Davis returns to New Orleans at the tail end of a four-game road trip, scoring 41 points after a lot of build-up the day before Thanksgiving. He also gets the game-sealing steal. He is cheerful afterward, pleased to see his former New Orleans teammates, and calls the game “fun.” James can’t help but mention how his return to Cleveland during the 2010-2011 season was much harder.
The Lakers continue ripping off wins, starting the month with a three-game road trip to Denver, Utah and Portland — two of which will become playoff opponents. They also win 14 straight road games, including a one-possession thriller against the Miami Heat that sees Davis notch the game-winning deflection against Jimmy Butler. It still seems a far cry from a Finals preview at the time.
But injury strikes on the back end of the month, as Davis rolls an ankle, James strains his groin, and Kyle Kuzma continues to oscillate in and out of the lineup with injuries. That leads to losses against high-profile contenders, including at Milwaukee, then at home against the Nuggets and the Clippers. The Lakers 0-2 record against the Clippers is seen as an indictment of their championship dreams, even though they continue to lead the Western Conference. James turns 35 toward the end of the year, looking physically vulnerable.
On the first day of the new year, former commissioner David Stern dies, rocking the NBA. James, who battled with Stern especially in the 2011 lockout season, compares his influence to Dr. James Naismith, the creator of basketball. The solemn moment belies a Lakers season that quickly gets back on track, as the Lakers power through a number of January opponents — even winning games without James or Davis on the floor. Howard, who has been a surprise key bench player, sees his contract become guaranteed.
An East Coast road trip gets into the dog days of the season, as the Lakers lose to Boston and Philly, then seen as two of the Eastern powers who might reach the Finals. But there is a powerful moment on the trip, as James passes Bryant for No. 3 on the all-time scoring list in NBA history. After James tells reporters of how he held Bryant up as an example as a teenager, Bryant tweets: “Continuing to move the game forward @KingJames. Much respect my brother.”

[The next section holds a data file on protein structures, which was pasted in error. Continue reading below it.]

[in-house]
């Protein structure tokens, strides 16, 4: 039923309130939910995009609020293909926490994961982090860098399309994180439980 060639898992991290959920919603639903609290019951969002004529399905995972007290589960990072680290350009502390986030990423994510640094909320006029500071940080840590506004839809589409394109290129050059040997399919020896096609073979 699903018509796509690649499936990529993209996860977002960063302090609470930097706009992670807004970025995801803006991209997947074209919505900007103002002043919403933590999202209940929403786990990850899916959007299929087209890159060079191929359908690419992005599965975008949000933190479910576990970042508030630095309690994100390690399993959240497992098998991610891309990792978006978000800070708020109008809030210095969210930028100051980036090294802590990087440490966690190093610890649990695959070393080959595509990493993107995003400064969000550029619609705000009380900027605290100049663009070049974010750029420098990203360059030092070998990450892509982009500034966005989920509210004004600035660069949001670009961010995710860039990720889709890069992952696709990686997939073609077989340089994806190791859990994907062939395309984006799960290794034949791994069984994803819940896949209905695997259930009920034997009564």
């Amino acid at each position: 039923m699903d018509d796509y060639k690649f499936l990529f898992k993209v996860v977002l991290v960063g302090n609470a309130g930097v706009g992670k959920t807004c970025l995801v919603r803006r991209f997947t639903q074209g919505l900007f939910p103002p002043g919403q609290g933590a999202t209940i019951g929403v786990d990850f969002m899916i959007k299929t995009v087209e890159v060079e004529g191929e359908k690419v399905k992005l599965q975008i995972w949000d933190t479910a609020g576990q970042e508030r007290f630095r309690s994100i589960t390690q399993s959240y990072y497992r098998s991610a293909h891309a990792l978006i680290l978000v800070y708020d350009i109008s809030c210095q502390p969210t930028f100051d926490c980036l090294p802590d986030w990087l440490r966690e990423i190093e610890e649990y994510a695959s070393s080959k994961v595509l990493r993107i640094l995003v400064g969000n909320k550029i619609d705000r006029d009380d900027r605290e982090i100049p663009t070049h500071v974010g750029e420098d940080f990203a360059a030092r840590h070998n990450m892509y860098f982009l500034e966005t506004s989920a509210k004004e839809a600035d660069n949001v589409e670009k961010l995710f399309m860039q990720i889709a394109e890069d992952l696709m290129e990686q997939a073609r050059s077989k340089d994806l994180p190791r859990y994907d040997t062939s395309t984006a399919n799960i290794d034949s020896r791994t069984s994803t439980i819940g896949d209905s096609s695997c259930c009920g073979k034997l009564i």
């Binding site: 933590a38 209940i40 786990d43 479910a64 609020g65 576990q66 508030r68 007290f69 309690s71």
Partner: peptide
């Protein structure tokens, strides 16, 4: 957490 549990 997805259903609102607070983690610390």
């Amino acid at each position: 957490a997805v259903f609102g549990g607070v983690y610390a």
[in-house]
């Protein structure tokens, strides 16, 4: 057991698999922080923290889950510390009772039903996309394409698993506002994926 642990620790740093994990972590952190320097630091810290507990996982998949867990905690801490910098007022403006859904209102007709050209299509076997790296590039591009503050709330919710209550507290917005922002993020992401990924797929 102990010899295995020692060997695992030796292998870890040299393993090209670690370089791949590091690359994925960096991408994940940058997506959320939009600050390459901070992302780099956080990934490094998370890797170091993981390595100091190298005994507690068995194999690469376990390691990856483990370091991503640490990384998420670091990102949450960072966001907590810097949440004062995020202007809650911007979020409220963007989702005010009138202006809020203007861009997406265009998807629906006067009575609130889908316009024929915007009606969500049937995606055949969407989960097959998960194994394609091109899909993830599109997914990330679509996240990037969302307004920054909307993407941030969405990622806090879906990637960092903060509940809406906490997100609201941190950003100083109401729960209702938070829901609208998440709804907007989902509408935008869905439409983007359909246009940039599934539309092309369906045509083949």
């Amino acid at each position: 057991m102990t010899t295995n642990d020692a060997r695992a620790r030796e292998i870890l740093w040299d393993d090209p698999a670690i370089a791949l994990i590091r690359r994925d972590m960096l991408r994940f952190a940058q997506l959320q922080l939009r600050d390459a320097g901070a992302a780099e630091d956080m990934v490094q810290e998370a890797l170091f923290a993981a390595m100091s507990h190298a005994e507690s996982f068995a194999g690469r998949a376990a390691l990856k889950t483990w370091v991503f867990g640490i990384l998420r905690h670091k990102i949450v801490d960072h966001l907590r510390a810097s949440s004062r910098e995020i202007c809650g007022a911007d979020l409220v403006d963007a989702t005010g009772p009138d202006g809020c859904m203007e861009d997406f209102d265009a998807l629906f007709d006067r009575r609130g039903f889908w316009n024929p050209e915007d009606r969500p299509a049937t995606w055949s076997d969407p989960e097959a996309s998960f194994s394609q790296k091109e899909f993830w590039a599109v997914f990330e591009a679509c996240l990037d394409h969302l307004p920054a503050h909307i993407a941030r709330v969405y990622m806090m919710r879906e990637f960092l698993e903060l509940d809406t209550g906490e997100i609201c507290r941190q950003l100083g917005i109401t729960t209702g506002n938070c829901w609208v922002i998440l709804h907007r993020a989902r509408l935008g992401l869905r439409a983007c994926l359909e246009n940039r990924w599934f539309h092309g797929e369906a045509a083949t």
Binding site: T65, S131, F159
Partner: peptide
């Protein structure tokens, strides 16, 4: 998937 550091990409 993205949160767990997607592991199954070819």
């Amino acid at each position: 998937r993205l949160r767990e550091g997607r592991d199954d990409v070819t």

It is the last message the world ever hears from Bryant, who is killed the next day in a helicopter crash in Calabasas with his daughter and seven other people on his way to a basketball tournament at his academy. The Lakers learn of his death mid-flight from Philadelphia. Los Angeles and much of the basketball world is thrown into sudden mourning, as monuments and murals spring up all over the city. The Lakers’ game against the Clippers is delayed out of grief (the game won’t be played until July 30), and instead, a Hall of Fame panel including Shaq, Jerry West and Dwyane Wade gather on a TNT broadcast to remember Bryant.
When the Lakers finally do take the court on the Friday after Bryant’s death, an emotional tribute with Usher, cellist Ben Hong and videos of Bryant’s greatest moments are played before a drained loss to Portland. Lawrence Tanter reads every player in the starting lineup as Kobe Bryant, and Nos. 8 and 24 are lit up by spotlight. James delivers a heartfelt address to the crowd, finishing with: “In the words of Kobe Bryant, ‘Mamba out.’ But in the words of us, ‘Not forgotten.’
In the ensuing weeks, it becomes clear that the remainder of the Lakers’ season will be shadowed by Bryant’s death, both as inspiration and as an emotional burden. Every opposing arena has a tribute to play. That continues into All-Star weekend, where the All-Star MVP award is named after Bryant, its greatest winner, and the Hall of Fame has a somber nomination of Bryant as a finalist. While Davis enjoys an All-Star homecoming, the Lakers’ first-place coaching staff gets a nod, and Howard gets a long-awaited return to the dunk contest, Bryant’s death looms over everything.
There is a moment to collectively celebrate Kobe and Gianna’s lives at Staples Center on Feb. 24, a combination of their jersey numbers. There’s a number of high-profile speakers, including Shaq, Michael Jordan, Diana Tsaurasi and Geno Auriemma. But no one is more powerful than Vanessa Bryant, a widow and grieving mother, who recalls Kobe and Gianna in vivid detail and intimacy.